25. Block Referer Headers in Firefox | x443 Says:

    [...] Block Referer Headers in Firefox [...]

  26. ddd Says:

    he does say it for everyone thats why hes on the intenret, he s a liar

  27. ddd Says:

    and everybody does it, hes just trying to get you rinfo

  28. n Says:

    >>should be configurable such that referrer could be disabled for cross-domain conditions, but allowed for same-domain. Presumably this would not break wordpress and the like
    Proxomitron does that, but larger sites use different domains for images, css, javascript files. To fix that, you can manually set a fake referer = web page domain for the image domain. I set a fake referer = yahoo domain for yimg. I also set a fake referer for s__999__n_o_999__p_e_s and for ex__999__p_e_rts-e_xc__ha_999_n_ge (ignore underscores and 999)
    If you rarely visit the site, then temporarily disable Proxomitron referer filter.

    >>Does anybody know whether Firefox sends the referrer when you open a link in a new tab by right-clicking and selecting “open in new tab”?
    As I recall, open in new tab does send referrer url. You can see this by right click in browser page, “View Page Info”. The 6th line down is “Referring URL”. Even if using Proxomitron, “Page Info” will indicate that Firefox sends referrer, but Proxomitron intercepts the referrer after it leaves your browser.
    BTW, I’ve never noticed wordpress block wordpress images. I searched through my files, and see I haven’t done anything special for wordpress referers.

    >>>RefControl extension
    And extensions for limited purposes are easier to use. I’ve never used this or extensions for similar purposes because I’ve already been using Proxomitron (developed for Win98, Win2000, but runs on Win95 through Vista. Should run in Win7. Also runs in WINE. Try Winebottler for OS X. A search of the web doesn’t find anyone reporting about Proxomitron in Win8.)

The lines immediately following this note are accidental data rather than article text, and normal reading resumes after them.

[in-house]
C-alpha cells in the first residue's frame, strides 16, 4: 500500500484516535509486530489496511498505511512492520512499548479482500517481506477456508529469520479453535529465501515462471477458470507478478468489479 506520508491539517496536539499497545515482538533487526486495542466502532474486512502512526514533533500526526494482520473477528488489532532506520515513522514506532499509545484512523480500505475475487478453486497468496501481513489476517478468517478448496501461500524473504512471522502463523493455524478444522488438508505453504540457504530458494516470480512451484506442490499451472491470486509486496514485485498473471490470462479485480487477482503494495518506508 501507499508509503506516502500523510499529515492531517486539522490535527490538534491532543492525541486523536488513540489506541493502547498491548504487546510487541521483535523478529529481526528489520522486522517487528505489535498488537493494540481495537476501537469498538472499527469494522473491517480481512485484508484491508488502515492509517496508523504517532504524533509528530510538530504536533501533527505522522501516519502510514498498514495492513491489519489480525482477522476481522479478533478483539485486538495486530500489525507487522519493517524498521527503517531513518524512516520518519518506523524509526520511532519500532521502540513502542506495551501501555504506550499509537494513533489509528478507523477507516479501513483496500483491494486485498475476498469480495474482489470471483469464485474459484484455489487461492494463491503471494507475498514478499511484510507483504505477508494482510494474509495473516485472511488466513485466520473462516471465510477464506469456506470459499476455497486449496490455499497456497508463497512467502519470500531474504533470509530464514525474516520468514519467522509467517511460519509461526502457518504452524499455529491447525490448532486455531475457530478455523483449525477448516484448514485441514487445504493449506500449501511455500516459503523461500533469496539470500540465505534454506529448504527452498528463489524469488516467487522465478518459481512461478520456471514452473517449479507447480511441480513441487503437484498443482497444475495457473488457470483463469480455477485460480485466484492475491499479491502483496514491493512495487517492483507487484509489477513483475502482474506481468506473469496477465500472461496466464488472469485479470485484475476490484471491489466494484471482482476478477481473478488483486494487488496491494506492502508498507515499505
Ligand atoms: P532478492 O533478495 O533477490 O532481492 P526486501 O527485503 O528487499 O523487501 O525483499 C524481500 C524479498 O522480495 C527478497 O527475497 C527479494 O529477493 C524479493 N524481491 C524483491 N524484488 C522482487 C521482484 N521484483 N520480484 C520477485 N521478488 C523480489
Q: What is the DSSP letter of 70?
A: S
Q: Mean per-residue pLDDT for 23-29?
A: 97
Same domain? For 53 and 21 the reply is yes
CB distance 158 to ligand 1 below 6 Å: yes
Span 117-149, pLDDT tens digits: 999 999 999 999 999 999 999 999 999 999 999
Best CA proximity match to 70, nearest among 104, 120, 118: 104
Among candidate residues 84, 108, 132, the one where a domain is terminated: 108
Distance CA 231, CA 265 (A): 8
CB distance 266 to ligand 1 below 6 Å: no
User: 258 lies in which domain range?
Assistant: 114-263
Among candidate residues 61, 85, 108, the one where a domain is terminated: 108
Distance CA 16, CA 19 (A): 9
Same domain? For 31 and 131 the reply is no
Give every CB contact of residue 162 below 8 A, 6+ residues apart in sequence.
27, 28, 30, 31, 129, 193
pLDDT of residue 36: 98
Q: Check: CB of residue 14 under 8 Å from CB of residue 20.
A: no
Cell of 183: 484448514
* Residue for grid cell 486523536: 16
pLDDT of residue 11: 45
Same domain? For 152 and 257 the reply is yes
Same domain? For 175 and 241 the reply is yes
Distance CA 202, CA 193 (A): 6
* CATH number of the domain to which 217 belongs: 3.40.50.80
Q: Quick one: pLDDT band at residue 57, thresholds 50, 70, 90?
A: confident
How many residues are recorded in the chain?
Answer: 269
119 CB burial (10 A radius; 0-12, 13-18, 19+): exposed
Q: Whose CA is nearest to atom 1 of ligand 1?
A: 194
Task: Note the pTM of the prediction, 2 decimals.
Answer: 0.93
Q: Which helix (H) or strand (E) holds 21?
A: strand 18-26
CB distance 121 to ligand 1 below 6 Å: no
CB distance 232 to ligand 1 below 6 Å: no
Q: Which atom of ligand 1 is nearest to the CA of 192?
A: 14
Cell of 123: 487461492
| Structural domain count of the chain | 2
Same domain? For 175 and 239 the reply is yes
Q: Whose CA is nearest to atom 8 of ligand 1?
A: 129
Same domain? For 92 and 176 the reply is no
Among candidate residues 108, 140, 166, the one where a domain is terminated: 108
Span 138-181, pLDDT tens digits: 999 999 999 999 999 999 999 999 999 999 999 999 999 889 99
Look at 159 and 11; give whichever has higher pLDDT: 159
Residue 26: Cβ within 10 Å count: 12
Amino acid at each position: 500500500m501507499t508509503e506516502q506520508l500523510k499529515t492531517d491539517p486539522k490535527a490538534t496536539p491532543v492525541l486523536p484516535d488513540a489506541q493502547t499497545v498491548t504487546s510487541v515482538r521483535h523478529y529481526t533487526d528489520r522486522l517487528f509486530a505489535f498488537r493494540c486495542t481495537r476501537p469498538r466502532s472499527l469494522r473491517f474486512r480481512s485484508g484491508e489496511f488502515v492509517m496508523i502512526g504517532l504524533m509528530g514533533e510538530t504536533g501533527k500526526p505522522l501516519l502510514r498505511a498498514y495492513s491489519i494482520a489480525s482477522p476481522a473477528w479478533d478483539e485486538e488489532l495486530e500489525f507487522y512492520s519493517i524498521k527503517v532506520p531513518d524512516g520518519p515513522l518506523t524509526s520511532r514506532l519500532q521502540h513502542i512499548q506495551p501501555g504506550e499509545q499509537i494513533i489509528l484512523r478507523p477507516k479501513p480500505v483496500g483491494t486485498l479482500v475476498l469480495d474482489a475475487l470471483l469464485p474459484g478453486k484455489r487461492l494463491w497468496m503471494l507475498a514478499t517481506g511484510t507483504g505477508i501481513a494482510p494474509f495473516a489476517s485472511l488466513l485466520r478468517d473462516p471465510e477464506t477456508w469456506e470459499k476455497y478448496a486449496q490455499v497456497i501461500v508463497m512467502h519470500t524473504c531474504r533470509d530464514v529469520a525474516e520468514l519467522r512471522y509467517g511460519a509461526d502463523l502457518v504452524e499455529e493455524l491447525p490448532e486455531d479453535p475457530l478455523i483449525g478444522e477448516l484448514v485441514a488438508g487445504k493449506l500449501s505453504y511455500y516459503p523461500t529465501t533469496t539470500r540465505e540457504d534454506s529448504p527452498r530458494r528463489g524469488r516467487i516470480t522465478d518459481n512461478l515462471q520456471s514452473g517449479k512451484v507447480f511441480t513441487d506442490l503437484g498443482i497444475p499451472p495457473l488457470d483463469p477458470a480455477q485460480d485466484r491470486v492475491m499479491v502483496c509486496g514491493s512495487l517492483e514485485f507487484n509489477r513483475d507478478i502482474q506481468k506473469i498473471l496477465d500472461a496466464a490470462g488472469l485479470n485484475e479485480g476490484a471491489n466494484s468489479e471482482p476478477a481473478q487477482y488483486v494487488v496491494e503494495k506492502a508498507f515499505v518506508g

Turn off DOM Storage (“ever cookies”)

  29. n Says:

    ME: >>”You can see this by right click in browser page, “View Page Info”. ”
    I should have said that you check “Referring URL” in “Page Info” of the “new tab” tab.

  30. Cómo proteger tu privacidad en internet con Firefox + Ixquick | panic.log Says:

    [...] http://cafe.elharo.com/privacy/privacy-tip-3-block-referer-headers-in-firefox/ [...]

  31. MsSecGent Says:

    The average user unfortunately is taught almost nothing about security. The amount of fraud and blackmail perpetrated against the public my employees are confronted with each day is staggering. We are often called in by law enforcement bodies to track down fishers, defrauders and other such scammongerers to recover the victims assets and bring perps to “justice”.

    What can be done from the address bar with a little “know-how”, plus scripting, 3rd party and handwritten customized tools would stagger the average inexperienced internet user. Any information can be used to destroy the lives of innocent victims when used in conjunction with “email fishing”, “man-in-the browser/middle” and “social engineering” and publicly available information. The only secure computer is one riddled with bullet holes. We use our old HDD/SDD for target practice at the range.

Leave a Reply